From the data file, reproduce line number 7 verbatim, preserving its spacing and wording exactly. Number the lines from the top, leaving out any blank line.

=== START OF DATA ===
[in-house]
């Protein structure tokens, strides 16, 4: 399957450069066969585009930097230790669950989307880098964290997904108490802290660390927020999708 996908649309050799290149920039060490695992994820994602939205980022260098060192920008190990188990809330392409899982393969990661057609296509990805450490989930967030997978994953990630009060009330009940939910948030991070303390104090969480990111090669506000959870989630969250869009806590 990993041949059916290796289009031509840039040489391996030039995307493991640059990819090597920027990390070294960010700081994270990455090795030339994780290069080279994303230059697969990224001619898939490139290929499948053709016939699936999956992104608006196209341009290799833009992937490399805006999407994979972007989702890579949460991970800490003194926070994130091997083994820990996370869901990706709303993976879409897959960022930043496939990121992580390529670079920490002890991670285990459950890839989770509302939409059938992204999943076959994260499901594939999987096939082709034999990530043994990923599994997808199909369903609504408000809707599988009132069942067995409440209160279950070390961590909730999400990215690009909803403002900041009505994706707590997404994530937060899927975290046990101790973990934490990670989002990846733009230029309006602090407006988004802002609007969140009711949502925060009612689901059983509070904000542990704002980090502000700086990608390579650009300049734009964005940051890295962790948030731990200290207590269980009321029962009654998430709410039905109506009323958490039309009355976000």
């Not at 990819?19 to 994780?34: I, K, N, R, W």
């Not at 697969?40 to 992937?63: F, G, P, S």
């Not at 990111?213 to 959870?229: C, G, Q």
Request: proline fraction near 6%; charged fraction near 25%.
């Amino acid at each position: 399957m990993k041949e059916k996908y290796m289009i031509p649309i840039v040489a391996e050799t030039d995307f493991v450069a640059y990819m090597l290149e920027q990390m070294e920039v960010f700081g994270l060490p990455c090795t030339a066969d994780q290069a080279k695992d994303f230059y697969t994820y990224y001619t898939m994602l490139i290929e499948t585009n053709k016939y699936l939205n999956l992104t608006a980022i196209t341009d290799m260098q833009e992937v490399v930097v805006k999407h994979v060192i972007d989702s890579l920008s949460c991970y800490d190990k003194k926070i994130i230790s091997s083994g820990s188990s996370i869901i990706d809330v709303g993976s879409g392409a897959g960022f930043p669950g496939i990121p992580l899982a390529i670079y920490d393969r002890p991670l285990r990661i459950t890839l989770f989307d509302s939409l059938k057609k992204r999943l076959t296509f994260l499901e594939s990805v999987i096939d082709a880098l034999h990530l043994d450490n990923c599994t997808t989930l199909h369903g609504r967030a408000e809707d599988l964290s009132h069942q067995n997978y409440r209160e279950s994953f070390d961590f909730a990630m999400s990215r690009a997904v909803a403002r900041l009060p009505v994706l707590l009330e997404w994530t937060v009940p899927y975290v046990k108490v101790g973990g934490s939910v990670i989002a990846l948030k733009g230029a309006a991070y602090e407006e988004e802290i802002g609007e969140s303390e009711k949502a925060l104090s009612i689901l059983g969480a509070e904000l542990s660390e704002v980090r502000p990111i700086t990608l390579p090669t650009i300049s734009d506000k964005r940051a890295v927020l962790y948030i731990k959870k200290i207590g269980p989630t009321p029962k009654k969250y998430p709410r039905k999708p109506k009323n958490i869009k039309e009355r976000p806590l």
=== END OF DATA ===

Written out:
């Amino acid at each position: 399957m990993k041949e059916k996908y290796m289009i031509p649309i840039v040489a391996e050799t030039d995307f493991v450069a640059y990819m090597l290149e920027q990390m070294e920039v960010f700081g994270l060490p990455c090795t030339a066969d994780q290069a080279k695992d994303f230059y697969t994820y990224y001619t898939m994602l490139i290929e499948t585009n053709k016939y699936l939205n999956l992104t608006a980022i196209t341009d290799m260098q833009e992937v490399v930097v805006k999407h994979v060192i972007d989702s890579l920008s949460c991970y800490d190990k003194k926070i994130i230790s091997s083994g820990s188990s996370i869901i990706d809330v709303g993976s879409g392409a897959g960022f930043p669950g496939i990121p992580l899982a390529i670079y920490d393969r002890p991670l285990r990661i459950t890839l989770f989307d509302s939409l059938k057609k992204r999943l076959t296509f994260l499901e594939s990805v999987i096939d082709a880098l034999h990530l043994d450490n990923c599994t997808t989930l199909h369903g609504r967030a408000e809707d599988l964290s009132h069942q067995n997978y409440r209160e279950s994953f070390d961590f909730a990630m999400s990215r690009a997904v909803a403002r900041l009060p009505v994706l707590l009330e997404w994530t937060v009940p899927y975290v046990k108490v101790g973990g934490s939910v990670i989002a990846l948030k733009g230029a309006a991070y602090e407006e988004e802290i802002g609007e969140s303390e009711k949502a925060l104090s009612i689901l059983g969480a509070e904000l542990s660390e704002v980090r502000p990111i700086t990608l390579p090669t650009i300049s734009d506000k964005r940051a890295v927020l962790y948030i731990k959870k200290i207590g269980p989630t009321p029962k009654k969250y998430p709410r039905k999708p109506k009323n958490i869009k039309e009355r976000p806590l």